UK

More male care workers needed, says providers' chief

Carers
Image caption Statistics for England show that 84% of care workers across the sector are women, and just 16% are men

More male care workers are needed to look after older people, the chief executive of Care England has said.

Prof Martin Green told BBC Radio 4's Today programme that the government should do more to recruit men into front-line adult social care roles.

He claimed that as an increasing number of men are living longer, more men are needed for their personal care.

The Department of Health said it would always encourage more people of either gender to become carers.

"We have an ageing population and a lot of people who receive care into old age now are men," said Prof Green.

"The majority of carers are women. When it comes to personal care in particular, some men prefer this to be done by a male rather than female."

Care England says it is the largest representative body for independent care providers in England.

Its members include single care homes, small local groups, national providers and not-for-profit voluntary organisations and associations, providing services for older people and those with long term conditions, learning disabilities or mental health problems.

Prof Green said that "entrenched societal perceptions" stop men from considering care work.

"The problem is people always see caring roles as being female roles. We need to make society understand that everyone has the potential to be carer," he said.

Government statistics show 84% of carers across the sector in England are women, and just 16% are men. This figure has remained static since 2012.

"The government could be much more systematic in their approach," he continued.

"They could make sure that every school understands that care career paths are for men as well as women, they could portray more men in government information on care roles, and they should put more emphasis on reaching out to men when they advertise care role vacancies.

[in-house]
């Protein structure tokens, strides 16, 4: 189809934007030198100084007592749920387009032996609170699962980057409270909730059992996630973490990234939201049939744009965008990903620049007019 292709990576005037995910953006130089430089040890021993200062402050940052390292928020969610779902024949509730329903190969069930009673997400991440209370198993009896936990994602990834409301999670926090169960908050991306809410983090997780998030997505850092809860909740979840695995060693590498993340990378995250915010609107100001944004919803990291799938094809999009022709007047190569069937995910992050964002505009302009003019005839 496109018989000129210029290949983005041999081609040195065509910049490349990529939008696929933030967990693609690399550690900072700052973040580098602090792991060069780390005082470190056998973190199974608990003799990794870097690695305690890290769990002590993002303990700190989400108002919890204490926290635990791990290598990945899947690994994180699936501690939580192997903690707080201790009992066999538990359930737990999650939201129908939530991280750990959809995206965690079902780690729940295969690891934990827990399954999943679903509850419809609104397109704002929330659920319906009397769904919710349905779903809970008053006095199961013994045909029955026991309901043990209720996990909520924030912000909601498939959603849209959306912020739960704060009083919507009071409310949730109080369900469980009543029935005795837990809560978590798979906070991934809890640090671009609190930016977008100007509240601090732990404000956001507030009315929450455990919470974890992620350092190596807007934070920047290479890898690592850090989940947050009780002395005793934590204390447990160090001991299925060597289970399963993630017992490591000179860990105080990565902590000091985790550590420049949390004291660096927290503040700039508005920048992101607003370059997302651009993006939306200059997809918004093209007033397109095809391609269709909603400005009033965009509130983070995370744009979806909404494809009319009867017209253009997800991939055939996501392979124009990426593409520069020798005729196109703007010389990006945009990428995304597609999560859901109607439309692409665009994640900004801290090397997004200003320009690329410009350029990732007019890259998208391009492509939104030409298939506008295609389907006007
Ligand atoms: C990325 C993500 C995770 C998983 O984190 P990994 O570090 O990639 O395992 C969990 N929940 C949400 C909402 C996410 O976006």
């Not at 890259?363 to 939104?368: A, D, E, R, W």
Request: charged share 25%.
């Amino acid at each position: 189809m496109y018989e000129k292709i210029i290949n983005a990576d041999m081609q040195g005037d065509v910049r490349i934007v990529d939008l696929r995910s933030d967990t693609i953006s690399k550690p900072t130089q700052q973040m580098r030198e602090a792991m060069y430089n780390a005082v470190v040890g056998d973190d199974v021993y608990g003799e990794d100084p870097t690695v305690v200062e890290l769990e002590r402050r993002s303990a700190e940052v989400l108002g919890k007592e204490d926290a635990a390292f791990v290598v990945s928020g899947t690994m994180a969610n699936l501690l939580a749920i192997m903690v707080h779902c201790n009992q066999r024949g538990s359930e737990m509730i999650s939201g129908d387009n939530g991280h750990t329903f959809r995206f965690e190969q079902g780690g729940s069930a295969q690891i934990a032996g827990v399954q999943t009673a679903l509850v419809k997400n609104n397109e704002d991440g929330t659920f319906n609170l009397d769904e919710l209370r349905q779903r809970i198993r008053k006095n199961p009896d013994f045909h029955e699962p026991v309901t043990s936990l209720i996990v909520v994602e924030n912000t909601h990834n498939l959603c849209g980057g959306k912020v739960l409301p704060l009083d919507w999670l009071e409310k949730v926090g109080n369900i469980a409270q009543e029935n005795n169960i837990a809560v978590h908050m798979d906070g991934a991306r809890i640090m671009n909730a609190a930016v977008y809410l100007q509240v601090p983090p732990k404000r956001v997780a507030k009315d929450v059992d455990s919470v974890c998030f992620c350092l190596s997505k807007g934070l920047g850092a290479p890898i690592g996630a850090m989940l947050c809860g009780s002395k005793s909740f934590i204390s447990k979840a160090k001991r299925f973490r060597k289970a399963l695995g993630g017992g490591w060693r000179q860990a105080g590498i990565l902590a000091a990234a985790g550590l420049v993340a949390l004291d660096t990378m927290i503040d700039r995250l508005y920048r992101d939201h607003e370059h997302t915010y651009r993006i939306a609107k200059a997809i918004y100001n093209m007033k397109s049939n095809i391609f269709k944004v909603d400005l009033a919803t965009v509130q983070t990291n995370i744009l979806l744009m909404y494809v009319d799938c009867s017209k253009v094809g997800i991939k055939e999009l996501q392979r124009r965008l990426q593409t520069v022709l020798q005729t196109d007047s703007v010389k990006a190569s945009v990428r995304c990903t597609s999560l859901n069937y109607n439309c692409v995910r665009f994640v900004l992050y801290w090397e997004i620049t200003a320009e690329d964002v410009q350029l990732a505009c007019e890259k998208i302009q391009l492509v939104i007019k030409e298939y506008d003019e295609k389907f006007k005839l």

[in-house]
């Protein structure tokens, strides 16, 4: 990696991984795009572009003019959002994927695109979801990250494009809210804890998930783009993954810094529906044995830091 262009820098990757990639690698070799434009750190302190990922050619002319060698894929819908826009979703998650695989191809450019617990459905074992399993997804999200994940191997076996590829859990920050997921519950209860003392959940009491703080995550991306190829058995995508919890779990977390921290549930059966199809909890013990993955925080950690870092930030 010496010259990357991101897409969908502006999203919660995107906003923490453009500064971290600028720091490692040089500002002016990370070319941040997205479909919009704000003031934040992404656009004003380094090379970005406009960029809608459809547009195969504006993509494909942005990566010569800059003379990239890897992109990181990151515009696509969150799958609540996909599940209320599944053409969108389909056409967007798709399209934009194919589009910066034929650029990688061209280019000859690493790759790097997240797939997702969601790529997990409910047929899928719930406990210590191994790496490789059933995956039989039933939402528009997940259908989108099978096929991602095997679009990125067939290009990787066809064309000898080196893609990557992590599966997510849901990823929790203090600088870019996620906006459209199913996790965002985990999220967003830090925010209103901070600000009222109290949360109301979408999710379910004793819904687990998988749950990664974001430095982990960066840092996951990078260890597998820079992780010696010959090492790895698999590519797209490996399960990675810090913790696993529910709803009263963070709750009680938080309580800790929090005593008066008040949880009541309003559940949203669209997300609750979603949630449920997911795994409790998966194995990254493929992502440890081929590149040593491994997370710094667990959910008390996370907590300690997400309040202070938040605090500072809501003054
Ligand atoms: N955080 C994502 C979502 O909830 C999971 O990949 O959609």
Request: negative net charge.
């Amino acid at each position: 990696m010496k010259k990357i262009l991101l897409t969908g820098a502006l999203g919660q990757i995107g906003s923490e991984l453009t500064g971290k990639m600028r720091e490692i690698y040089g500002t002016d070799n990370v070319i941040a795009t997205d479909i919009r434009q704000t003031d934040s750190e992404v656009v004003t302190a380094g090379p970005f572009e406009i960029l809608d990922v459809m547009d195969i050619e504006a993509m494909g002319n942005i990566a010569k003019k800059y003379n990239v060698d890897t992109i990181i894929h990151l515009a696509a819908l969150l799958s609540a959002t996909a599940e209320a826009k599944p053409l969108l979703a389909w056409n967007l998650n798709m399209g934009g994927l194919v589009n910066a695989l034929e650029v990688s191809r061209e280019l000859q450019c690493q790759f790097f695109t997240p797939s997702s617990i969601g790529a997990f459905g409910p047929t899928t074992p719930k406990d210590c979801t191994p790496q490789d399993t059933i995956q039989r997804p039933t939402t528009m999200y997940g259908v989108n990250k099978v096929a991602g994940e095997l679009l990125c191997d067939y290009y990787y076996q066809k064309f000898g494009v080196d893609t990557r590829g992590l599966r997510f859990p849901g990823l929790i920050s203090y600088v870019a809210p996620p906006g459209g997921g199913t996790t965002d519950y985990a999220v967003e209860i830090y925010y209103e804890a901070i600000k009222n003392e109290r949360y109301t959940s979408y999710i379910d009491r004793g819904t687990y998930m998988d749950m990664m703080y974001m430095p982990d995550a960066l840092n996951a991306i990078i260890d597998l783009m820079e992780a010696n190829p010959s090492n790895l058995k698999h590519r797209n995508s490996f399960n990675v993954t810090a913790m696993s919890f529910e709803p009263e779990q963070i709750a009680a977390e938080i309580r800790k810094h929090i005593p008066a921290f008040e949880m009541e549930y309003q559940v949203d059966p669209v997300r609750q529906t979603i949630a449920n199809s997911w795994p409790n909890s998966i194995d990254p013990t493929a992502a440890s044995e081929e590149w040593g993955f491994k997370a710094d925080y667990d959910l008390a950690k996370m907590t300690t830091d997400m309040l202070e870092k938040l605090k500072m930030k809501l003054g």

"This is about every arm of government working to change the perception that care roles are just for women.

"More importantly, it's about every citizen examining their own pre-conceived notions of who delivers care."

Image caption Sima Kotecha talks with 80-year-old Jonathan Ryan who wishes there were more male care workers

Eighty-year-old Jonathan Ryan has severe mobility problems and lives in West Hall residential home in Surrey.

He told Today he wished there were more males caring for him: "From a personal point of view - having showers and baths and personal washing and things, I would much rather be washed and bathed by a fellow male. It makes me feel awkward. I would much prefer a male, I must admit."

For Mr Ryan, it's not just a matter of personal preference - he also said he feels in safer hands with men.

After a recent serious fall, Mr Ryan said that it was the sheer strength of a big male carer that meant he was lifted out of an awkward position.

"He literally dragged me gently out but firmly and then he got behind me correctly and lifted me up."

One of the largest not-for-profit care home providers in the UK, Anchor, says the lack of male carers is storing up problems for the future; they have started a recruitment drive in schools and colleges to attract more men into the role.

Research by social care focused charity Skills for Care says men are often put off from becoming carers because of the perception that it is a career with unpleasant routine tasks.

Image caption Male carer Mark Hand works for Anchor, a provider launching a recruitment drive for men

Other factors include a negative view of the sector's wages and salaries, conditions of service, and opportunities to progress.

Mark Hand works as a carer. He says that his job "raises a few eyebrows" but his gender does not stop him or his female colleagues from doing their jobs effectively.

"It sometimes takes a bit of time to break down barriers when you're working with a woman as a man and vice-versa," he said.

"But as long as you show plenty of compassion, dignity and you treat them with respect then those barriers do come down and they are quite happy for you to look after them."

A Department of Health spokesman said: "We would encourage more people, including men, to join the social care workforce.

"There are a wide range of opportunities for both men and women and we have published guidance on how care companies can attract more men to the profession.

"Hundreds of thousands of care workers will benefit when we introduce the National Living Wage, which will also help encourage more people to join the sector."

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